About Azure Key Vault
Azure Key Vault is one of several key management solutions in Azure, and helps solve the following problems:
- Secrets Management - Azure Key Vault can be used to Securely store and tightly control access to tokens, passwords, certificates, API keys, and other secrets
- Key Management - Azure Key Vault can be used as a Key Management solution. Azure Key Vault makes it easy to create and control the encryption keys used to encrypt your data.
- Certificate Management - Azure Key Vault lets you easily provision, manage, and deploy public and private Transport Layer Security/Secure Sockets Layer (TLS/SSL) certificates for use with Azure and your internal connected resources.
Azure Key Vault has two service tiers: Standard, which encrypts with a software key, and a Premium tier, which includes hardware security module(HSM)-protected keys. To see a comparison between the Standard and Premium tiers, see the Azure Key Vault pricing page.
Zero Trust is a security strategy comprising three principles: "Verify explicitly", "Use least privilege access", and "Assume breach". Data protection, including key management, supports the "use least privilege access" principle. For more information, see What is Zero Trust?
Why use Azure Key Vault?
Centralize application secrets
Centralizing storage of application secrets in Azure Key Vault allows you to control their distribution. Key Vault greatly reduces the chances that secrets may be accidentally leaked. When application developers use Key Vault, they no longer need to store security information in their application. Not having to store security information in applications eliminates the need to make this information part of the code. For example, an application may need to connect to a database. Instead of storing the connection string in the app's code, you can store it securely in Key Vault.
Your applications can securely access the information they need by using URIs. These URIs allow the applications to retrieve specific versions of a secret. There's no need to write custom code to protect any of the secret information stored in Key Vault.
Securely store secrets and keys
Access to a key vault requires proper authentication and authorization before a caller (user or application) can get access. Authentication establishes the identity of the caller, while authorization determines the operations that they're allowed to perform.
Authentication is done via Microsoft Entra ID. Authorization may be done via Azure role-based access control (Azure RBAC) or Key Vault access policy. Azure RBAC can be used for both management of the vaults and to access data stored in a vault, while key vault access policy can only be used when attempting to access data stored in a vault.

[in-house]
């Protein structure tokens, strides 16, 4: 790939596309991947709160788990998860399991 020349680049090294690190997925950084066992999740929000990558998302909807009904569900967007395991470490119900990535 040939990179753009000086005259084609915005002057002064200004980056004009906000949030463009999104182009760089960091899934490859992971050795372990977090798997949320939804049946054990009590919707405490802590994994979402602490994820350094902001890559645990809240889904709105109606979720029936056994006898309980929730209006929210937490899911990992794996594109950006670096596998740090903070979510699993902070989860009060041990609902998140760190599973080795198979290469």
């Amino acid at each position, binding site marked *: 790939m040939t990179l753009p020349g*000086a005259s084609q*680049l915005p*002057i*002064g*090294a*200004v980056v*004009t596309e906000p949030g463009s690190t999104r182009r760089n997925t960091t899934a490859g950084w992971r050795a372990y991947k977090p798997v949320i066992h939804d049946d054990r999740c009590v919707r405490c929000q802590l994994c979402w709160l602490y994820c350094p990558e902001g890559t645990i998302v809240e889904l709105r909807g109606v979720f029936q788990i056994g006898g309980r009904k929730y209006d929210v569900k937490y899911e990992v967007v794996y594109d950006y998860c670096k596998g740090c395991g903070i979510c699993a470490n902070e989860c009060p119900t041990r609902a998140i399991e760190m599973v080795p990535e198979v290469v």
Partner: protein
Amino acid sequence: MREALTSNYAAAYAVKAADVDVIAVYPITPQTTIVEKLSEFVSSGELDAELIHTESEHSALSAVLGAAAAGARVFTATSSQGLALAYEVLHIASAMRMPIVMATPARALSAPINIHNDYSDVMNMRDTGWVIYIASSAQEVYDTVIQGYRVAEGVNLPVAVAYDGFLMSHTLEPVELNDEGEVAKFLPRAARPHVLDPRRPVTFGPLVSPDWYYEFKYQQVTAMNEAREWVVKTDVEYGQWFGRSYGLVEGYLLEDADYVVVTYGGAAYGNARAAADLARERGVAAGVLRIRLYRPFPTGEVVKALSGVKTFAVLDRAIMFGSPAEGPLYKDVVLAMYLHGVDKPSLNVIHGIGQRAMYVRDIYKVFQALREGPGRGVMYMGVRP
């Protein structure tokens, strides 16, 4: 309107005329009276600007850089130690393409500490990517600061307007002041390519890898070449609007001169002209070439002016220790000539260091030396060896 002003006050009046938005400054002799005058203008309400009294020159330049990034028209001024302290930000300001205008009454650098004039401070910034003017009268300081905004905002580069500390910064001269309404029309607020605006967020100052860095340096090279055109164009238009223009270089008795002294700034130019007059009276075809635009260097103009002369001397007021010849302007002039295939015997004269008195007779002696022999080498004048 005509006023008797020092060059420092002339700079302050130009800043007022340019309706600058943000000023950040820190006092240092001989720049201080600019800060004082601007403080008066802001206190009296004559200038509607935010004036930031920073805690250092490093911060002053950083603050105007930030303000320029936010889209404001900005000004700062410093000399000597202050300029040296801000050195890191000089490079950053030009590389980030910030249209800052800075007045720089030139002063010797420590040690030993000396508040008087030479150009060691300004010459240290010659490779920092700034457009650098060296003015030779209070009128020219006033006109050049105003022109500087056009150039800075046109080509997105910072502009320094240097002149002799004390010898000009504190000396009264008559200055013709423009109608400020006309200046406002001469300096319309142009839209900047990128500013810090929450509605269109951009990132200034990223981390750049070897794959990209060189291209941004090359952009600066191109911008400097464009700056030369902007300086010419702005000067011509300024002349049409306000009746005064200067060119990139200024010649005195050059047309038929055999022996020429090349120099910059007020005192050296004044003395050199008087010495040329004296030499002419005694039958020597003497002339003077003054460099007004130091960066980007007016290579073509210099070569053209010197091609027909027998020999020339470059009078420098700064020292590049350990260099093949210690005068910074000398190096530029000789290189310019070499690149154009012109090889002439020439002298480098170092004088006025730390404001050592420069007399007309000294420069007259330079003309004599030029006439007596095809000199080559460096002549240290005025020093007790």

Azure Key Vaults may be either software-protected or, with the Azure Key Vault Premium tier, hardware-protected by hardware security modules (HSMs). Software-protected keys, secrets, and certificates are safeguarded by Azure, using industry-standard algorithms and key lengths. For situations where you require added assurance, you can import or generate keys in HSMs that never leave the HSM boundary. Azure Key Vault uses nCipher HSMs, which are Federal Information Processing Standards (FIPS) 140-2 Level 2 validated. You can use nCipher tools to move a key from your HSM to Azure Key Vault.
Finally, Azure Key Vault is designed so that Microsoft doesn't see or extract your data.
Monitor access and use
Once you've created a couple of Key Vaults, you'll want to monitor how and when your keys and secrets are being accessed. You can monitor activity by enabling logging for your vaults. You can configure Azure Key Vault to:
- Archive to a storage account.
- Stream to an event hub.
- Send the logs to Azure Monitor logs.
You have control over your logs and you may secure them by restricting access and you may also delete logs that you no longer need.
Simplified administration of application secrets
When storing valuable data, you must take several steps. Security information must be secured, it must follow a life cycle, and it must be highly available. Azure Key Vault simplifies the process of meeting these requirements by:
- Removing the need for in-house knowledge of Hardware Security Modules.
- Scaling up on short notice to meet your organization's usage spikes.
- Replicating the contents of your Key Vault within a region and to a secondary region. Data replication ensures high availability and takes away the need of any action from the administrator to trigger the failover.
- Providing standard Azure administration options via the portal, Azure CLI and PowerShell.
- Automating certain tasks on certificates that you purchase from Public CAs, such as enrollment and renewal.
In addition, Azure Key Vaults allow you to segregate application secrets. Applications may access only the vault that they're allowed to access, and they can be limited to only perform specific operations. You can create an Azure Key Vault per application and restrict the secrets stored in a Key Vault to a specific application and team of developers.
Integrate with other Azure services
As a secure store in Azure, Key Vault has been used to simplify scenarios like:
- Azure Disk Encryption
- The always encrypted and Transparent Data Encryption functionality in SQL server and Azure SQL Database
- Azure App Service.
Key Vault itself can integrate with storage accounts, event hubs, and log analytics.